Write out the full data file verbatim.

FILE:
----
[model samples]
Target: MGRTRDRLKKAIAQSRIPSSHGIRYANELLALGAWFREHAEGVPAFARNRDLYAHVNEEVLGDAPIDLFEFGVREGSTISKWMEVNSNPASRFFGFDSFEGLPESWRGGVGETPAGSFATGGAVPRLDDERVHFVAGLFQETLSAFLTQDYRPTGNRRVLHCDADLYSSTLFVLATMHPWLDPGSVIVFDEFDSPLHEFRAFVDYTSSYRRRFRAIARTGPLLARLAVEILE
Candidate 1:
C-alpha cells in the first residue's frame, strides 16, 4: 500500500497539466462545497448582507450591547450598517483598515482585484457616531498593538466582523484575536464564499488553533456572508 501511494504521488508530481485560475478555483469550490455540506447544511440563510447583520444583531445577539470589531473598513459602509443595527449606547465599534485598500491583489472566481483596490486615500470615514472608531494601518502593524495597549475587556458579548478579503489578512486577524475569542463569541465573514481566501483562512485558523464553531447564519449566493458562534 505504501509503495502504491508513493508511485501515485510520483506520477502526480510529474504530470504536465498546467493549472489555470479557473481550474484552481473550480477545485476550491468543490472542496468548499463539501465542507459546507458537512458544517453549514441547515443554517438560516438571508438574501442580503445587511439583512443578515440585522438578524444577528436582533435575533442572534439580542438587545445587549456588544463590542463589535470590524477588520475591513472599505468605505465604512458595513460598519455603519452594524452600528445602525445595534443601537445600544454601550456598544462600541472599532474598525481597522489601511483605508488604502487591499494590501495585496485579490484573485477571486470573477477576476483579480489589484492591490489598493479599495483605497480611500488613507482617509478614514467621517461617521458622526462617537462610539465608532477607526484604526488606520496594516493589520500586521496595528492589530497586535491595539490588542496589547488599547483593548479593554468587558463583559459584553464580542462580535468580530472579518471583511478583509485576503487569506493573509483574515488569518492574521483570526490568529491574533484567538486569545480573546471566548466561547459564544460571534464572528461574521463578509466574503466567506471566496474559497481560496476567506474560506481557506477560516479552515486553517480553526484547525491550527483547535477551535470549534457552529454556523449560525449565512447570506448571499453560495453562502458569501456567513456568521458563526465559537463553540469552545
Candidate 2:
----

[model samples]
Target: MGRTRDRLKKAIAQSRIPSSHGIRYANELLALGAWFREHAEGVPAFARNRDLYAHVNEEVLGDAPIDLFEFGVREGSTISKWMEVNSNPASRFFGFDSFEGLPESWRGGVGETPAGSFATGGAVPRLDDERVHFVAGLFQETLSAFLTQDYRPTGNRRVLHCDADLYSSTLFVLATMHPWLDPGSVIVFDEFDSPLHEFRAFVDYTSSYRRRFRAIARTGPLLARLAVEILE
Candidate 1:
C-alpha cells in the first residue's frame, strides 16, 4: 500500500497539466462545497448582507450591547450598517483598515482585484457616531498593538466582523484575536464564499488553533456572508 501511494504521488508530481485560475478555483469550490455540506447544511440563510447583520444583531445577539470589531473598513459602509443595527449606547465599534485598500491583489472566481483596490486615500470615514472608531494601518502593524495597549475587556458579548478579503489578512486577524475569542463569541465573514481566501483562512485558523464553531447564519449566493458562534 505504501509503495502504491508513493508511485501515485510520483506520477502526480510529474504530470504536465498546467493549472489555470479557473481550474484552481473550480477545485476550491468543490472542496468548499463539501465542507459546507458537512458544517453549514441547515443554517438560516438571508438574501442580503445587511439583512443578515440585522438578524444577528436582533435575533442572534439580542438587545445587549456588544463590542463589535470590524477588520475591513472599505468605505465604512458595513460598519455603519452594524452600528445602525445595534443601537445600544454601550456598544462600541472599532474598525481597522489601511483605508488604502487591499494590501495585496485579490484573485477571486470573477477576476483579480489589484492591490489598493479599495483605497480611500488613507482617509478614514467621517461617521458622526462617537462610539465608532477607526484604526488606520496594516493589520500586521496595528492589530497586535491595539490588542496589547488599547483593548479593554468587558463583559459584553464580542462580535468580530472579518471583511478583509485576503487569506493573509483574515488569518492574521483570526490568529491574533484567538486569545480573546471566548466561547459564544460571534464572528461574521463578509466574503466567506471566496474559497481560496476567506474560506481557506477560516479552515486553517480553526484547525491550527483547535477551535470549534457552529454556523449560525449565512447570506448571499453560495453562502458569501456567513456568521458563526465559537463553540469552545
Candidate 2: